Over the years I've learned many useful lessons, the implementation of which will save you time, resources, and money.
In Part 1 of this mini-series we considered the testing of boards, subassemblies, and products. In Part 2 we discussed how to control the test. Now, let's consider some of the lessons I've learned from all of this. FYI I first expressed these thoughts in a response to an article titled A DIY microcontroller-based functional tester in Test and Measurement World under the alias "antedeluvian."
No matter how intuitive the test jig may appear to be, it must be documented. Even with the best will in the world, there is no verification process where someone gets to check your documentation to find the errors in the way that happens when you build many units. Good documentation will allow you to build multiple units, repair existing ones, and preserve information when employees leave the company. When a test jig fails, you cannot simply discard it as you might with a defective product. You will always be under pressure to repair the test jig because it will be holding up production.
Create as much duplication of the setup as you can. PCs change over the years; for example, there are no more serial ports or parallel ports. Operating systems interact differently with system calls. Does Visual Basic 4 run under Windows 7? Keep all the CDs and disks together and also the original manuals from the devices that you use. Keep any downloads in a write-protected folder on your network to make sure that the correct versions of software are preserved. When a PC fails and a new one must be initialized, will you be able to recreate the environment?
Any purchased equipment, including plug-in boards, can become obsolete and the manufacturers may disappear. The chance of finding a direct replacement is close to zero. Save spares as well as detailed descriptions as to how to set them up.
The development is performed in a particular climatic environment. The test equipment is developed over a small sample of products. As more products are tested, both parametric variation and the temperature coefficients will influence the values measured. Make sure to introduce some method of easily adjusting the value of the parameter being checked.
Consider the effect of having the test equipment shipped offshore. Transport, climate, culture, and language all have a part. How will a Chinese operator, with no English, interpret instructions on a screen? When there is a problem with a test jig overseas, how will you repair it? In our case, we maintain at least one spare here in Canada.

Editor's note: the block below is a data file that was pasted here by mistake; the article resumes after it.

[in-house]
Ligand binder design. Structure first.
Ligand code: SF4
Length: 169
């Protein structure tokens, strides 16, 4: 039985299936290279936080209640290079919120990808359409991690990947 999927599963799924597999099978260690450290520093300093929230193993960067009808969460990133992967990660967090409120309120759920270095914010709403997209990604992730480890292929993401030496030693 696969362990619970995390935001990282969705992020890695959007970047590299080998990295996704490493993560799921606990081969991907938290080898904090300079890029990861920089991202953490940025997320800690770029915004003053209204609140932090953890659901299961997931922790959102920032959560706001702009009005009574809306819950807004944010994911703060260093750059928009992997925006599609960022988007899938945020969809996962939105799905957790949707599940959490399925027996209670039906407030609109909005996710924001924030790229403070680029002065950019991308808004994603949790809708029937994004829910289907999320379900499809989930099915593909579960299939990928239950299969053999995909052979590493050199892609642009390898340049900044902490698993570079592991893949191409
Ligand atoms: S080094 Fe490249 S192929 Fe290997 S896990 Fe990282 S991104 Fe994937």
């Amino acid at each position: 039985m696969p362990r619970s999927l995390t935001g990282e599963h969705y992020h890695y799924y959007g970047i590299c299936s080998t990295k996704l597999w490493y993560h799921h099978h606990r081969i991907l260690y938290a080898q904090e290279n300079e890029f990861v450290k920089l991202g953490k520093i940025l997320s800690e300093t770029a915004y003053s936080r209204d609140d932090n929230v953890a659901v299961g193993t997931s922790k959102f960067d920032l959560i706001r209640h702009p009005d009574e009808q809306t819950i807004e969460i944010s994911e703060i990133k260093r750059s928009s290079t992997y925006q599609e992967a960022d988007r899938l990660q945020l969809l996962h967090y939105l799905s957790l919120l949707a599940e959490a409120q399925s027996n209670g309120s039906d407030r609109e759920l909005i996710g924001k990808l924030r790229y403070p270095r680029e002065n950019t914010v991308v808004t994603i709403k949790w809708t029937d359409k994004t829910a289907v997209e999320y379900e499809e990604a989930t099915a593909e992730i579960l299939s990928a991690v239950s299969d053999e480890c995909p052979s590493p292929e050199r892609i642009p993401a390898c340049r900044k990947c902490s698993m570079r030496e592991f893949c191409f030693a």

Develop software in the lowest form (or most universal form) possible so that anyone can understand it, like a BASIC interpreter or LabView (if you can afford to invest). Trying to find a bug five years "down the road" may prove very difficult if you don't maintain the tools for older versions of software like Visual Basic 4.
ISO9000 requires calibration of all instruments. If you built something in-house, only your organization can calibrate it. We have had some devices that required days to calibrate, and that required expert personnel to boot. Use externally-calibrated equipment to make any measurement. Where we use A/D converters and D/A converters, we force a calibration every time the test software is started. This normally involves adjusting the D/A output to a known voltage on a calibrated DVM and then feeding that voltage back to the A/D converter.
Add test facilities to make sure that the test jig itself is working. It can be extremely helpful to know if it's the DUT or the test jig that is causing the failure. It is even better if you can narrow it down from "test jig" to "relay K5 in the test jig." ISO9000 has forced us to do this on every test jig we create.
(a) If your test is made up of a series of sub-tests, write the test software to allow the user to run one or more of the tests in standalone mode. This is helpful during developing and debugging the equipment, and also where there is a problem on a board. You can save a lot of time when debugging if you don't have to go through the whole test every time you check to see if the problem has been solved. (b) When you detect an error on a board, hold the I/O condition on the test jig with the power on -- this will allow you to debug with a meter and/or oscilloscope.
How do you enclose the DUT? There can be dangerous voltages and the user must be protected.
With all the hassles of designing a test jig and then shipping it to Asia, there is a temptation to let your subcontractor design the test jig. Take great care with this. For our experience, take a look at my blog PCB Test Jigs & My China Connection blog.
So, what about you? Do you have any comments or questions with regard to my musings above?